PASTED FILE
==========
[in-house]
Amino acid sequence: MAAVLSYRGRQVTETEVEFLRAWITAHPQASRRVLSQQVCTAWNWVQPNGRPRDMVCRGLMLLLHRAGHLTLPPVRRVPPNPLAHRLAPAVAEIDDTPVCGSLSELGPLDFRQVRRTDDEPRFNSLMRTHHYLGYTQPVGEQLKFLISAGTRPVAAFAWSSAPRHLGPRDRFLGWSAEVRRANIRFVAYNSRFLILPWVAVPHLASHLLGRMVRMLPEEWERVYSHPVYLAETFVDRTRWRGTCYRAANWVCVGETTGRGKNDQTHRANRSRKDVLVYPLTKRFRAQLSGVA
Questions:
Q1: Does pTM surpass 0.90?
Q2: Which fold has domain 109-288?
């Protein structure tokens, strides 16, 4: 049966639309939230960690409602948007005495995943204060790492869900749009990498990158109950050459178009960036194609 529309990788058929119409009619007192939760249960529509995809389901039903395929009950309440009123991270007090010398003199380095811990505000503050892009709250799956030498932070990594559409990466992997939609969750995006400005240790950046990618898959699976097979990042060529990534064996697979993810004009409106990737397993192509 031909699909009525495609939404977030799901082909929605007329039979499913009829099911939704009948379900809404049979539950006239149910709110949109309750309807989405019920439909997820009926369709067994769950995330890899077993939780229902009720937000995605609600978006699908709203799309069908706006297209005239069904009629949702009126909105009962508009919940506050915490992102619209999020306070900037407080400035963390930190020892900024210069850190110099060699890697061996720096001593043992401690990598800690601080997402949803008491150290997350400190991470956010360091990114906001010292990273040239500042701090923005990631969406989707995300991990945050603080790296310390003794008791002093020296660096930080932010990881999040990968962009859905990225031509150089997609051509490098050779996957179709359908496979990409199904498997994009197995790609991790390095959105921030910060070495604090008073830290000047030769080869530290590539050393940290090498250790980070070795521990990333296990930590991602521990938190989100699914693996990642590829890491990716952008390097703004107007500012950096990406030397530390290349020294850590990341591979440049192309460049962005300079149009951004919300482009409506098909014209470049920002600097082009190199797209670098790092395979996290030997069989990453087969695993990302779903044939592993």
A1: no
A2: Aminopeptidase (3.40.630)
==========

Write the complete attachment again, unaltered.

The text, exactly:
[in-house]
Amino acid sequence: MAAVLSYRGRQVTETEVEFLRAWITAHPQASRRVLSQQVCTAWNWVQPNGRPRDMVCRGLMLLLHRAGHLTLPPVRRVPPNPLAHRLAPAVAEIDDTPVCGSLSELGPLDFRQVRRTDDEPRFNSLMRTHHYLGYTQPVGEQLKFLISAGTRPVAAFAWSSAPRHLGPRDRFLGWSAEVRRANIRFVAYNSRFLILPWVAVPHLASHLLGRMVRMLPEEWERVYSHPVYLAETFVDRTRWRGTCYRAANWVCVGETTGRGKNDQTHRANRSRKDVLVYPLTKRFRAQLSGVA
Questions:
Q1: Does pTM surpass 0.90?
Q2: Which fold has domain 109-288?
């Protein structure tokens, strides 16, 4: 049966639309939230960690409602948007005495995943204060790492869900749009990498990158109950050459178009960036194609 529309990788058929119409009619007192939760249960529509995809389901039903395929009950309440009123991270007090010398003199380095811990505000503050892009709250799956030498932070990594559409990466992997939609969750995006400005240790950046990618898959699976097979990042060529990534064996697979993810004009409106990737397993192509 031909699909009525495609939404977030799901082909929605007329039979499913009829099911939704009948379900809404049979539950006239149910709110949109309750309807989405019920439909997820009926369709067994769950995330890899077993939780229902009720937000995605609600978006699908709203799309069908706006297209005239069904009629949702009126909105009962508009919940506050915490992102619209999020306070900037407080400035963390930190020892900024210069850190110099060699890697061996720096001593043992401690990598800690601080997402949803008491150290997350400190991470956010360091990114906001010292990273040239500042701090923005990631969406989707995300991990945050603080790296310390003794008791002093020296660096930080932010990881999040990968962009859905990225031509150089997609051509490098050779996957179709359908496979990409199904498997994009197995790609991790390095959105921030910060070495604090008073830290000047030769080869530290590539050393940290090498250790980070070795521990990333296990930590991602521990938190989100699914693996990642590829890491990716952008390097703004107007500012950096990406030397530390290349020294850590990341591979440049192309460049962005300079149009951004919300482009409506098909014209470049920002600097082009190199797209670098790092395979996290030997069989990453087969695993990302779903044939592993």
A1: no
A2: Aminopeptidase (3.40.630)